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May 23, 2017

Google AI beats Chinese master in ancient game of Go

Posted by in categories: entertainment, robotics/AI

BEIJING A Google artificial intelligence program defeated a Chinese grand master at the ancient board game Go on Tuesday, a major feather in the cap for the firm’s AI ambitions as it looks to woo Beijing to gain re-entry into the country.

In the first of three planned games in the eastern water town of Wuzhen, the AlphaGo program held off China’s world number one Ke Jie in front of Chinese officials and Google parent Alphabet’s (GOOGL.O) chief executive Eric Schmidt.

The victory over the world’s top player — which many thought would take decades to achieve — underlines the potential of artificial intelligence to take on humans at complex tasks.

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May 23, 2017

Sex Equality: I’m With Her

Posted by in categories: education, ethics, policy, rants, sex

Lifeboat Editorial

Lydia Begag is a high school junior at Advanced Math and Science Academy in Massachusetts. She got our attention when she published an editorial critical of the school’s uniform policy. With eloquence and articulation, she laid out a brilliant and persuasive argument that the policy was anything but uniform. It was ambiguous, arbitrary and discriminatory.


I’m with Her
Ideas Regarding Sex Equality
—Forget the Rest

Political and social turmoil are everywhere we turn, especially in the early months of 2017. Lunch conversations, small talk at work, and, of course, the media we consume have all become related to a singular topic: the United States government and its workings. Emotionally, I want to curl up in a ball and block out the political nonsense being spewed left and right until the day I die (pun very much intended)—but I feel intellectually obliged to confront the controversy.

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May 23, 2017

Microsoft Plans to Create DNA Storage System Data Center within a Decade

Posted by in category: computing

MIT Technology Review has reported that researchers working for the company are optimistic they will create an apparatus that replaces tape drives within this decade.

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May 23, 2017

China’s belt and road infrastructure plan also includes science

Posted by in categories: economics, engineering, nanotechnology, quantum physics, robotics/AI, science, sustainability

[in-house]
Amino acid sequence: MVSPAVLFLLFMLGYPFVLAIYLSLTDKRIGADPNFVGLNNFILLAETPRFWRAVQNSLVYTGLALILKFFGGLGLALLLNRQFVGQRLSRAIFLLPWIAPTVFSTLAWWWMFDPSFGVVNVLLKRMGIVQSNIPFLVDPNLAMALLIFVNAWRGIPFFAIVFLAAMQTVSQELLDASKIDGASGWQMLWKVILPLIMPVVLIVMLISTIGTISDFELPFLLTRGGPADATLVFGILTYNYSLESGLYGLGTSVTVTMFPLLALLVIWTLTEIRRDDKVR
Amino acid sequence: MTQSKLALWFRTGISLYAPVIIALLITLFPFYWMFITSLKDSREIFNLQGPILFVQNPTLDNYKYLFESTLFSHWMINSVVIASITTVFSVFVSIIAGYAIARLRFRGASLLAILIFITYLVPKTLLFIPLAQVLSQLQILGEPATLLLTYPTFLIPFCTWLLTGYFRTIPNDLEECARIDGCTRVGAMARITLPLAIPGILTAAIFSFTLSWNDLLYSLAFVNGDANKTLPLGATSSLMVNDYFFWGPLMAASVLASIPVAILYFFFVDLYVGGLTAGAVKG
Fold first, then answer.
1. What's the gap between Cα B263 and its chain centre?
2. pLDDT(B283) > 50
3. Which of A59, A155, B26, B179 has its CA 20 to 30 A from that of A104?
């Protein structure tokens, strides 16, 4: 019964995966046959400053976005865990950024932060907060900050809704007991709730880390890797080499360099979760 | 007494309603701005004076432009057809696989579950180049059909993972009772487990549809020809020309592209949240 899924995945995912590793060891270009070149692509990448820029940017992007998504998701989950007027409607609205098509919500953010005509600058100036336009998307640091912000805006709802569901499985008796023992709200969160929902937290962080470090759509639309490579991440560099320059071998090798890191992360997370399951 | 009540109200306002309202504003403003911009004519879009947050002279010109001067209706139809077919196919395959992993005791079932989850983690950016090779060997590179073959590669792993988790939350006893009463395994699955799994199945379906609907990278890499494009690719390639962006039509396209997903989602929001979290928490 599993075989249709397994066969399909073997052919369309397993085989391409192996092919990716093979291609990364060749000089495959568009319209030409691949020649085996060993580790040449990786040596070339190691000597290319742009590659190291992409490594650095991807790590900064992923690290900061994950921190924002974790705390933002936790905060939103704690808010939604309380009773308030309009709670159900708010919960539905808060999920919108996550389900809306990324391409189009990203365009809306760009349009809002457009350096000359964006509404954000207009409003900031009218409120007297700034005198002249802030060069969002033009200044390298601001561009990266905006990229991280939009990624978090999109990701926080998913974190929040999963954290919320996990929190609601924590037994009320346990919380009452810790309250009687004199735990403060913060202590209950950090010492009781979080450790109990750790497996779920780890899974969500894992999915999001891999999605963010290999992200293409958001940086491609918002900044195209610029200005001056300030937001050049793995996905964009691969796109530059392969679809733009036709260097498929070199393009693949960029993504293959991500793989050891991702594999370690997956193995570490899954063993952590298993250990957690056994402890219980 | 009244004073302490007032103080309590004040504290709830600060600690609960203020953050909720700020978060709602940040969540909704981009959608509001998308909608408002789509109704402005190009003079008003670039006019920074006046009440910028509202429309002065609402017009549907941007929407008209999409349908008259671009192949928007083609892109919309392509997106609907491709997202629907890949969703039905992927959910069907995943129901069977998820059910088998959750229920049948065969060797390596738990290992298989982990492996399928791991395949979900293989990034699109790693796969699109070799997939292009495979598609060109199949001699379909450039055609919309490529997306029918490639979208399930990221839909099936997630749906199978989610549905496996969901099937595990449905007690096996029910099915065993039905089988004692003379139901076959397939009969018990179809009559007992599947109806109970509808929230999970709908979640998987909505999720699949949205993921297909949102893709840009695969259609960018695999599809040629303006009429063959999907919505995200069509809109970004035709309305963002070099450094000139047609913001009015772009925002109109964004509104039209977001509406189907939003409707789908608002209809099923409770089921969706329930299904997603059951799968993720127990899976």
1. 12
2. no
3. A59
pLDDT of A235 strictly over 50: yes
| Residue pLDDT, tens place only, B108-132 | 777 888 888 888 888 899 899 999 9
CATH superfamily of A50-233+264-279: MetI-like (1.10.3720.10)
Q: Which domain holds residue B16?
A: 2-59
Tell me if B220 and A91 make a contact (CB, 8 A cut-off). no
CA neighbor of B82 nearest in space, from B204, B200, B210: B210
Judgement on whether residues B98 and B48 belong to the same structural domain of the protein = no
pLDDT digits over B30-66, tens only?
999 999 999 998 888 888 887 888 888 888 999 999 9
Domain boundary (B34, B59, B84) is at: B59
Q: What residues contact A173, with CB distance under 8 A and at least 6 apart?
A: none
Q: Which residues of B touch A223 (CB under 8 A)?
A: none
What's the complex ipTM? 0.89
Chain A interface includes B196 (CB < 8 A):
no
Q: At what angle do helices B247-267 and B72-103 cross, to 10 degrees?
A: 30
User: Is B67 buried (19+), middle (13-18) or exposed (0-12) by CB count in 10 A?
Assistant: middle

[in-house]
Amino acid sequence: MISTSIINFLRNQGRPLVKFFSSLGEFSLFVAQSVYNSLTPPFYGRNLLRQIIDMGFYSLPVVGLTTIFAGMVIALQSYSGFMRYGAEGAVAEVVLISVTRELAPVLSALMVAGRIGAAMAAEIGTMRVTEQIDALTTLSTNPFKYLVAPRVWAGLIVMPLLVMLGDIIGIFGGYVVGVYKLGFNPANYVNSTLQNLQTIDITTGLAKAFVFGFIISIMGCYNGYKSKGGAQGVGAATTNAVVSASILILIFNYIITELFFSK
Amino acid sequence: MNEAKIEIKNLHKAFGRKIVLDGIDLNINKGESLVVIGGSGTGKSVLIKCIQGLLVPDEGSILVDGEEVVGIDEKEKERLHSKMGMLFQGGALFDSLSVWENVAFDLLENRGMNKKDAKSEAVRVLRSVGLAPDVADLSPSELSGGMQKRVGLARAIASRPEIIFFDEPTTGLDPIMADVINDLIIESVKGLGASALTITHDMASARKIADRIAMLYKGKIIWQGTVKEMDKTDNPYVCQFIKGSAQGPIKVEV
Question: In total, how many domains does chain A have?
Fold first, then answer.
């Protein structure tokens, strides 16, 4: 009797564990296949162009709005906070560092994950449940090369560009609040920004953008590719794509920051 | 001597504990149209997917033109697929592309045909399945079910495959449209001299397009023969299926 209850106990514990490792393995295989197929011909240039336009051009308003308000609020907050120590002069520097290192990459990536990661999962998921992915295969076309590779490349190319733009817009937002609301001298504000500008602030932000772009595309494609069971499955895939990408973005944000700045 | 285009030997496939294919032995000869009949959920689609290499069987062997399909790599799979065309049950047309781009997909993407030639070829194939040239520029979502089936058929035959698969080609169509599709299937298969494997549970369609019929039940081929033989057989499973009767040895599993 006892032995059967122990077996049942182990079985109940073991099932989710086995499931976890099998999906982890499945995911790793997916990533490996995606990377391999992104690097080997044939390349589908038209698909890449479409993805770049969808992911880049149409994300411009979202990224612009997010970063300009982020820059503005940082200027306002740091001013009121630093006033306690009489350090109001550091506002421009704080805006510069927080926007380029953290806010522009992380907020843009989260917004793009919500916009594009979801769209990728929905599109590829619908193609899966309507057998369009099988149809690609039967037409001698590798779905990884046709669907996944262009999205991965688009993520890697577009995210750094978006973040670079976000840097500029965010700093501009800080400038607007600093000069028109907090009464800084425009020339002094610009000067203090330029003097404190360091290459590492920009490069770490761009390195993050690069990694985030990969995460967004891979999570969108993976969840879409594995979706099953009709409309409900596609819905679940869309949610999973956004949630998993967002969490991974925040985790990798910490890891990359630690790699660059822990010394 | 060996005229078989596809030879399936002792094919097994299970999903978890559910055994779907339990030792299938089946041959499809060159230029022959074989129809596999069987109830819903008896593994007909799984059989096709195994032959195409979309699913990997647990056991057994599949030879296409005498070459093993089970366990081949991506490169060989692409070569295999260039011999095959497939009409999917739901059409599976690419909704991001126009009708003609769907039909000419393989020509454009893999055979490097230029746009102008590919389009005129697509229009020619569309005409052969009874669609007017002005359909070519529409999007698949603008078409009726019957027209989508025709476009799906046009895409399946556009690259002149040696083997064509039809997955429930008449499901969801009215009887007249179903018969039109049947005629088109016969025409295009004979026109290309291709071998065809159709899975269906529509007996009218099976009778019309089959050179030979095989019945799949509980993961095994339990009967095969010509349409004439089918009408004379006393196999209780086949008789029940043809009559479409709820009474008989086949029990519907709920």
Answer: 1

China is also planning to use the initiative to flex its scientific and engineering muscles, officials made clear at a 2-day Belt and Road Forum for International Cooperation that ended yesterday in Beijing. “Innovation is an important force powering development,” Xi said in a speech to the opening session of the forum. And so the initiative will include technical cooperation in fields including artificial intelligence, nanotechnology, quantum computing, and smart cities. He also mentioned the need to pursue economic growth that is in line with sustainable development goals, and that rests on environmentally friendly approaches.


Investment also planned in artificial intelligence, nanotechnology, and other fields.

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May 23, 2017

Self-driving cars could cost America’s professional drivers up to 25,000 jobs a month, Goldman Sachs says

Posted by in categories: economics, employment, robotics/AI, transportation

The full impact of self-driving cars on society is several decades away — but when it hits, the job losses will be substantial for American truck drivers, according to a new report from Goldman Sachs.

When autonomous vehicle saturation peaks, U.S. drivers could see job losses at a rate of 25,000 a month, or 300,000 a year, according to a report from Goldman Sachs Economics Research.

Truck drivers, more so than bus or taxi drivers, will see the bulk of that job loss, according to the report. That makes sense, given today’s employment: In 2014, there were 4 million driver jobs in the U.S., 3.1 million of which were truck drivers, Goldman said. That represents 2 percent of total employment.

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May 22, 2017

Robot cop begins patrolling the streets of Dubai tomorrow night